One of the most highly-rated speakers in anonymous student reviews has been Neil Newhouse, who is generally recognized as among the top GOP operatives in DC. Newhouse is currently working for the Jeb Bush, supporting Right to Rise PAC and was the lead pollster for both of Mitt Romney's presidential campaigns.
Newhouse has made the trek to Williamstown every year I've taught the course and a highlight of his presentation is the pop quiz (with the winner receiving a Public Opinion Strategies t-shirt; college students love free t-shirts) which challenges the students to answer correctly questions like "What percentage of the U.S. population owns a gun?" or "What percentage believes in Darwin's Theory of Evolution?" Each year students are no doubt surprised that, for most of them, their own political reality doesn't jive with the majority of American voters.
This presentation is quite consistent with Williams President Adam Falk's recent comment on this matter: "Whatever our own views may be, we should be active in bringing to campus speakers whose opinions are different from our own."
President Falk, and his predecessor, Morty Schapiro, who now leads Northwestern University, have put resources behind this philosophy with consistent funding and support for my course. President Schapiro even visited the live broadcast by Fox News anchor Greta Van Susteren after she participated in my class. Interestingly, the greatest excitement that evening was not a protest by liberal-leaning students or professors against the presence of a Fox News personality on campus, but someone else exercising his err...right to free expression: a streaker who appeared briefly but never made it on camera.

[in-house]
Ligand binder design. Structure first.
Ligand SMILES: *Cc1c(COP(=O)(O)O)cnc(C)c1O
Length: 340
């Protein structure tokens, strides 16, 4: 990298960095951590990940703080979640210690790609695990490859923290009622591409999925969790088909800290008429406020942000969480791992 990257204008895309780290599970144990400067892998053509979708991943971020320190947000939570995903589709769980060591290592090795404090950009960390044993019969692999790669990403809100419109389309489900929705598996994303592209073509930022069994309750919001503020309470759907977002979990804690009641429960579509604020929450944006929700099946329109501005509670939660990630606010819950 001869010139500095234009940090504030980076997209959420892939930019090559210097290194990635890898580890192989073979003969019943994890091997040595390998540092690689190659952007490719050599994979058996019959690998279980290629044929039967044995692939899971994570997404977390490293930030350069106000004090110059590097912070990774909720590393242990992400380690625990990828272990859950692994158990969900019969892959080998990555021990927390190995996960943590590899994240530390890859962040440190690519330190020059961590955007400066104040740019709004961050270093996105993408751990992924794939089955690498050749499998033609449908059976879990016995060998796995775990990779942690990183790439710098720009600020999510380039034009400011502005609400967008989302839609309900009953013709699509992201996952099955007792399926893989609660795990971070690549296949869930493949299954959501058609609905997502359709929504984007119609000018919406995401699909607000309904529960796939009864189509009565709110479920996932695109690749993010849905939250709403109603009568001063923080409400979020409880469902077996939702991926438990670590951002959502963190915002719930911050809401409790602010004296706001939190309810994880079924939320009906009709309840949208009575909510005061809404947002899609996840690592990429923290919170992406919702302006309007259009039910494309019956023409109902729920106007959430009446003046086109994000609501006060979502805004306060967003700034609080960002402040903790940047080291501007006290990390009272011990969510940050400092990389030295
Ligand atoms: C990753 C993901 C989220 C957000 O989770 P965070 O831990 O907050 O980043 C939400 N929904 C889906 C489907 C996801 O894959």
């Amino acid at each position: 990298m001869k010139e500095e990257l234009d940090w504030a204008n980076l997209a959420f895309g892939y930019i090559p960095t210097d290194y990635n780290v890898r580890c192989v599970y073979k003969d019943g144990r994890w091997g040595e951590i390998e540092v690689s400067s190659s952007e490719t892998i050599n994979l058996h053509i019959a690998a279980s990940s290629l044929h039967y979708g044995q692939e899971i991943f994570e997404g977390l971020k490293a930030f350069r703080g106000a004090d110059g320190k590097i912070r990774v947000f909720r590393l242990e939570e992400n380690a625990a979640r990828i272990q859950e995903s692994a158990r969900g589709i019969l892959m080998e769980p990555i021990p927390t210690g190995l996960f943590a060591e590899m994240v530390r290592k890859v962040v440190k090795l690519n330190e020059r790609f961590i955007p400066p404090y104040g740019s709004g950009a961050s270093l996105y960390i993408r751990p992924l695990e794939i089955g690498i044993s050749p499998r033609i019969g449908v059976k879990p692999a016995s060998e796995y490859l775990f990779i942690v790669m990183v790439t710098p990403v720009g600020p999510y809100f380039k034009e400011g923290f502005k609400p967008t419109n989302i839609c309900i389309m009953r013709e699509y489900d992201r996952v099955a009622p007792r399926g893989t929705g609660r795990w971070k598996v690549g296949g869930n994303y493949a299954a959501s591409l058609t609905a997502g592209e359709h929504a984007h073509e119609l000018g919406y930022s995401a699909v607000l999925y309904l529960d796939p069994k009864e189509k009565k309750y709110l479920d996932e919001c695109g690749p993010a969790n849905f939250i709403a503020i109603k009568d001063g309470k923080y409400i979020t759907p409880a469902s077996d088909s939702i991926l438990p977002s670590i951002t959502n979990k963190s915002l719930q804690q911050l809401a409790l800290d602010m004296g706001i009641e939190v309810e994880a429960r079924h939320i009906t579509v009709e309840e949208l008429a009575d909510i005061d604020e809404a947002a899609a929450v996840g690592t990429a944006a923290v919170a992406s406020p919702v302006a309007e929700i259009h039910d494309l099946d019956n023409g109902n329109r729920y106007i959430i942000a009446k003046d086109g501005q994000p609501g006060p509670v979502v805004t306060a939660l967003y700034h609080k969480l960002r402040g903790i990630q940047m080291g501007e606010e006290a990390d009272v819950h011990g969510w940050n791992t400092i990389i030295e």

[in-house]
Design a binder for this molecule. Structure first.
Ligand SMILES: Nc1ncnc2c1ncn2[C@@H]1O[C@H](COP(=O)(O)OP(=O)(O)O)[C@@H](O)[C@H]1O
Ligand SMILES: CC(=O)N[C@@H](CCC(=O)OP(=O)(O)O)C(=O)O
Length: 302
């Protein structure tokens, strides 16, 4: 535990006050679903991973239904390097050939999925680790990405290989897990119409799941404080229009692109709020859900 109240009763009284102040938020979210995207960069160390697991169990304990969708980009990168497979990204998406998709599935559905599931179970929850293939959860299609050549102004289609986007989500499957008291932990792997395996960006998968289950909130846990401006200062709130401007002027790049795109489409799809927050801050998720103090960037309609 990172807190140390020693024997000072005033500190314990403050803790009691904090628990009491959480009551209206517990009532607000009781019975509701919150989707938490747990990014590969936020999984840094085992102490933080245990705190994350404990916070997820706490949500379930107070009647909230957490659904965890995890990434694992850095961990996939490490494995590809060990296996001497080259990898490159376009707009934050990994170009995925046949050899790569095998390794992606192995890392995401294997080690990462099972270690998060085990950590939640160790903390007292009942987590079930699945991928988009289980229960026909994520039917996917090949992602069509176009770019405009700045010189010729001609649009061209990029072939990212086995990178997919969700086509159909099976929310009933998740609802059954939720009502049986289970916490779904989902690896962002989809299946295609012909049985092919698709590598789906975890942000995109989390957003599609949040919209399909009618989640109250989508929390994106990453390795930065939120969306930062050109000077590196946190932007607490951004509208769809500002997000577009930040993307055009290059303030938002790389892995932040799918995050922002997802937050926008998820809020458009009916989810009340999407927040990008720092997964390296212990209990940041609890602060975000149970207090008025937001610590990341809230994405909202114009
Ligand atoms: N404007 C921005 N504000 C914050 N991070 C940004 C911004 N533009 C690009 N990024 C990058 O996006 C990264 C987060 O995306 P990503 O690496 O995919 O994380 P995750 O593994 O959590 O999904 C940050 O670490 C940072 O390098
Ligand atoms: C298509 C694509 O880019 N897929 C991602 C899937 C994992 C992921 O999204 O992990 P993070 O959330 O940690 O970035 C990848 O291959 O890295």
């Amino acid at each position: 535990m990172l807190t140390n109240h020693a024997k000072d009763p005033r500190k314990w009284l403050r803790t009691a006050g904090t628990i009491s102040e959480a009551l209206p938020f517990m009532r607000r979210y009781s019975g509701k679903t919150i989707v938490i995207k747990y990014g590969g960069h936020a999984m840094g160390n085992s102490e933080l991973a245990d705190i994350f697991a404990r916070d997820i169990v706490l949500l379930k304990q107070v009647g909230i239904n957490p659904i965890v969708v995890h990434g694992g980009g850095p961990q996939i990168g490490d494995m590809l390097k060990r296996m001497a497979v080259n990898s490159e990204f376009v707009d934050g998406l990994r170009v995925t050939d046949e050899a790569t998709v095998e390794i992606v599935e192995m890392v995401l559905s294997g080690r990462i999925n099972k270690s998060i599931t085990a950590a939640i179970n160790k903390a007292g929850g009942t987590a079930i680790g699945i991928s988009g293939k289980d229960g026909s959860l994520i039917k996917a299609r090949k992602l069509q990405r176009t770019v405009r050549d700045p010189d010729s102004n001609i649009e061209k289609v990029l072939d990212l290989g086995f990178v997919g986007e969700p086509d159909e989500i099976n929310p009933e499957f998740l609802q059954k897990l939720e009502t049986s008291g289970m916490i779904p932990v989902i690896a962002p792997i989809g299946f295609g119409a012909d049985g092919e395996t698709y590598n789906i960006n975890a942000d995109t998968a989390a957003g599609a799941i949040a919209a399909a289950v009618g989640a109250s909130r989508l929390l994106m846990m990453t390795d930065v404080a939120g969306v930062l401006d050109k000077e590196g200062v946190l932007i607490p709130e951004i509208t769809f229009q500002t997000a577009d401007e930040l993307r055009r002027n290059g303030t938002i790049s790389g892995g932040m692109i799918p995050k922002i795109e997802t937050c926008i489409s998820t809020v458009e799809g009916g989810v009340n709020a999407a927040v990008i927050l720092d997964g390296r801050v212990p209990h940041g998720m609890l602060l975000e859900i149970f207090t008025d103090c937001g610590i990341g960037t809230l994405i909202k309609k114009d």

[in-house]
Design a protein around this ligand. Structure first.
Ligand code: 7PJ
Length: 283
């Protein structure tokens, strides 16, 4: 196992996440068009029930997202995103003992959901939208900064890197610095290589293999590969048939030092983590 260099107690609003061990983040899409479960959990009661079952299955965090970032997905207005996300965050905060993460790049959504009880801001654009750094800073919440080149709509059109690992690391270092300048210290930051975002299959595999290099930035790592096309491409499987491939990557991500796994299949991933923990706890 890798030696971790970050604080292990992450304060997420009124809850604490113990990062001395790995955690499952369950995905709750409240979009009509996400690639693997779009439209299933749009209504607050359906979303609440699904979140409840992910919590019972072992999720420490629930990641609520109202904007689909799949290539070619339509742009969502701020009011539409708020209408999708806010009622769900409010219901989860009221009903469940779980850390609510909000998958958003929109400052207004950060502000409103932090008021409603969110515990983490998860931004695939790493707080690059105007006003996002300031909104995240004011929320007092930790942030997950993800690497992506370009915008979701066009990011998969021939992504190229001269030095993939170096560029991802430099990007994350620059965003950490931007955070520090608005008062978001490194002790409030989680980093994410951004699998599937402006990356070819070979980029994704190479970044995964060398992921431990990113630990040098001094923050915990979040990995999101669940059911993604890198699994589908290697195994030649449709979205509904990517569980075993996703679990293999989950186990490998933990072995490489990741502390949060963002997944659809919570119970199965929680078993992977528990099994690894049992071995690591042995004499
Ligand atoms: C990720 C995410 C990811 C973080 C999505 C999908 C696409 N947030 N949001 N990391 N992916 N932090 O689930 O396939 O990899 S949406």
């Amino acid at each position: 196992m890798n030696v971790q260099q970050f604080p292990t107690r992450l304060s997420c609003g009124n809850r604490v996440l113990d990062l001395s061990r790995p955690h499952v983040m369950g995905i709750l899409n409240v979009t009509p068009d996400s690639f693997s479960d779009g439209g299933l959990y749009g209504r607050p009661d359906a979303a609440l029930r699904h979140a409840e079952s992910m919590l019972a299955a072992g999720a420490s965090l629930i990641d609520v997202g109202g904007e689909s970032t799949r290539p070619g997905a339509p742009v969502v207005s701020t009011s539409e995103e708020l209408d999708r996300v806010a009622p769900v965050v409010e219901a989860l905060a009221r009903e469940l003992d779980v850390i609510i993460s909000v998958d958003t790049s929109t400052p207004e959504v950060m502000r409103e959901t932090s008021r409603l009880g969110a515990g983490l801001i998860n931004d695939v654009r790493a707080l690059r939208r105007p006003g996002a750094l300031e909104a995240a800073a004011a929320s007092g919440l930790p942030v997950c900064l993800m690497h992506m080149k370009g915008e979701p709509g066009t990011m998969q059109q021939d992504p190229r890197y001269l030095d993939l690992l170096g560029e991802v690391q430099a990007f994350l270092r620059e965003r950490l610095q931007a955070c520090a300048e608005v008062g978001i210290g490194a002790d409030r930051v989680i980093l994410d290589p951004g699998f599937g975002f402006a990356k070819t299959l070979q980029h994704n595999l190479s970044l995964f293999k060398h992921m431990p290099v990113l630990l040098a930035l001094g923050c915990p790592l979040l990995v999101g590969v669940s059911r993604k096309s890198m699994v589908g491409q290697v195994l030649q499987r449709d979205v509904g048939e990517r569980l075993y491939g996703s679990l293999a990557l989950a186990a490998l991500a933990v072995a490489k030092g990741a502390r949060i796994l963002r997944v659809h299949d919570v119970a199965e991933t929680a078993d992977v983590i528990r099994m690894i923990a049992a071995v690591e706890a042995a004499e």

I do often get students who surreptitiously reveal to me their conservative leanings and their perception that they are in the minority on campus, but students active in Democratic party politics actively lobby to be admitted to the class (which is usually over-subscribed) even though they know that they will hear viewpoints very different from their own.